Sunday, July 28, 2019

Google Essay Example | Topics and Well Written Essays - 1000 words - 1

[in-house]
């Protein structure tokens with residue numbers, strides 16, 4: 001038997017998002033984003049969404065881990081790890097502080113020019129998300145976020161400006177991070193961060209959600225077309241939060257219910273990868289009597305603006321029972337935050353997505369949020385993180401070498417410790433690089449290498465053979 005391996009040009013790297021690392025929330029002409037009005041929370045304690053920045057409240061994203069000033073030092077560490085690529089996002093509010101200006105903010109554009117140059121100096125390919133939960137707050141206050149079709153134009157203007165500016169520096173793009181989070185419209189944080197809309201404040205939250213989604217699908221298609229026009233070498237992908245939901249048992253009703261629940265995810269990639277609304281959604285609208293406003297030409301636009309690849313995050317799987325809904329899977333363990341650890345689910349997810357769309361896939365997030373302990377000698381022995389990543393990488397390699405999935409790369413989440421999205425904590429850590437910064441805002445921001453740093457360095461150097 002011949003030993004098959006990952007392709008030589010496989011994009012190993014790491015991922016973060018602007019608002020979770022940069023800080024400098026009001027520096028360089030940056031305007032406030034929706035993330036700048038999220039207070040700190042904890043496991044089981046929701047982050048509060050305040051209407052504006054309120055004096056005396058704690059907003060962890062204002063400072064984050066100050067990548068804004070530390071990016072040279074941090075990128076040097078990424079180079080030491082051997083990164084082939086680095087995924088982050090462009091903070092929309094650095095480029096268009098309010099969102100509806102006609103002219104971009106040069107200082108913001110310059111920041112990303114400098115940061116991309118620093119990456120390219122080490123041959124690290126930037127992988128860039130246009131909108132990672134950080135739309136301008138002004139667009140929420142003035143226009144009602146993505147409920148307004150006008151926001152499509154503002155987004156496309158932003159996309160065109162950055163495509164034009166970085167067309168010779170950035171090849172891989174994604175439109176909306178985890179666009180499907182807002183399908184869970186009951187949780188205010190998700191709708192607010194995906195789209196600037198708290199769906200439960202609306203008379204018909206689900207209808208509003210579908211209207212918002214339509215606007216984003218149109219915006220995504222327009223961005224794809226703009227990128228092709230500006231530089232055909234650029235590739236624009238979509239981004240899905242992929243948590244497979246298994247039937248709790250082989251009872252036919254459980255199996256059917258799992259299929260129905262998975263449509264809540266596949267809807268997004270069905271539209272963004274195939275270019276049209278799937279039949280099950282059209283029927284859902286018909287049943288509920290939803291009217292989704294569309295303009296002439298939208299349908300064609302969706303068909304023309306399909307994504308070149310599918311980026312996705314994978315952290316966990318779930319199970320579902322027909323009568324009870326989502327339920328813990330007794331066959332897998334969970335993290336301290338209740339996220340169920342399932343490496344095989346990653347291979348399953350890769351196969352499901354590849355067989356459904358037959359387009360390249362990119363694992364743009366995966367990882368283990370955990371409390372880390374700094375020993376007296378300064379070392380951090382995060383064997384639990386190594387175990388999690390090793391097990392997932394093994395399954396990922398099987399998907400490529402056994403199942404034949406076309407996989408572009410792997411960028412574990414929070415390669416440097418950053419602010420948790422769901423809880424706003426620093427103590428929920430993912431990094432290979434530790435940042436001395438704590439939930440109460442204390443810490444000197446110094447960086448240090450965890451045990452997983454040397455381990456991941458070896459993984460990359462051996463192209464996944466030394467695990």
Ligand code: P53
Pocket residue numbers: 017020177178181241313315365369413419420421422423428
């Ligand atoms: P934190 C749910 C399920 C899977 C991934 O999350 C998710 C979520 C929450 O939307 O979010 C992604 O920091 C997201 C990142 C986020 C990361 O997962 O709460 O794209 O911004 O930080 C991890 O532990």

Google - Essay Example This increase between the offer price and the open price is much greater than the increase for typical IPOs in 2004. Indeed, 82 percent of the IPOs issued in 2004 experienced less of a jump from the offer price to the open price than Google did, and the statistics were similar for IPOs issued prior to Google's debut and following Google's debut. The enormous post-auction price increase of Google, especially in the immediate weeks and months following its debut, when there were few substantive news releases on changes in company strategy and fundamentals, further suggests that the online auction method may not have priced Google efficiently. Google subsequently soared in the following months to a high of $317.80 on July 21, 2005. As of June 29, 2005, Google had exhibited price appreciation of 186.8 percent, relative to its open price. Critics of Google's IPO initially argued that the auction was a failure because Google slashed the number of shares that it would sell at public auction from 25.7 million to 19.6 million shares. Also, it dropped the target price range from the $108-to-$135 range projected in late July to the $85-to-$95 price range (Knight Ridder, August 19, 2004). At the time, many analysts suggested that the earlier Google price range had been overpriced; yet, Google's closing price reached the lower end of that price range after 18 days of trading and reached the higher end of that price range after 32 days of trading. The lessening interest in Google at the time that it reduced the price range during the summer was possibly due to some combination of the following factors: - The lack of information provided by the company during the process about its uses of capital - A slump in price appreciation for June IPOs - Reservations on the part of investors about the use of the online process. Who benefited from Google's price appreciation Under the traditional process, the preferred clients of the underwriting investment banks can benefit from the initial IPO underpricing and subsequent price appreciation since they have the initial allocations. In the case of Google, the beneficiaries in the price appreciation have been: 1. those investors who bought Google when it first began trading and held it until the price increased substantially and 2. the Google co-founders and the chief executive, as well as the venture capital firm involved in financing Google, who were allocated shares early in the process, but who could not sell them until the "lock-up period" expired. "Google announced in its IPO prospectus that it wouldn't provide traditional earnings guidance. While it took this stance to avoid short-term thinking, the move also likely left Google's directors knowing more about company prospects than other investors. The third quarter, which Google was in at the time, proved to be one of spectacular growth." (Delaney, September 2005) By July 2005, the CEO Eric Schmidt and the company founders Sergey Brin and Larry Page had sold $1.7 billion in stock, other executives had sold more than $800 million in stock, and no open market purchases had been recorded. Indeed, Page and Brin have sold 3.7 million and 3.8 million shares, respectively, or roughly 400,000 shares per month, while Schmidt had sold 1.3 million

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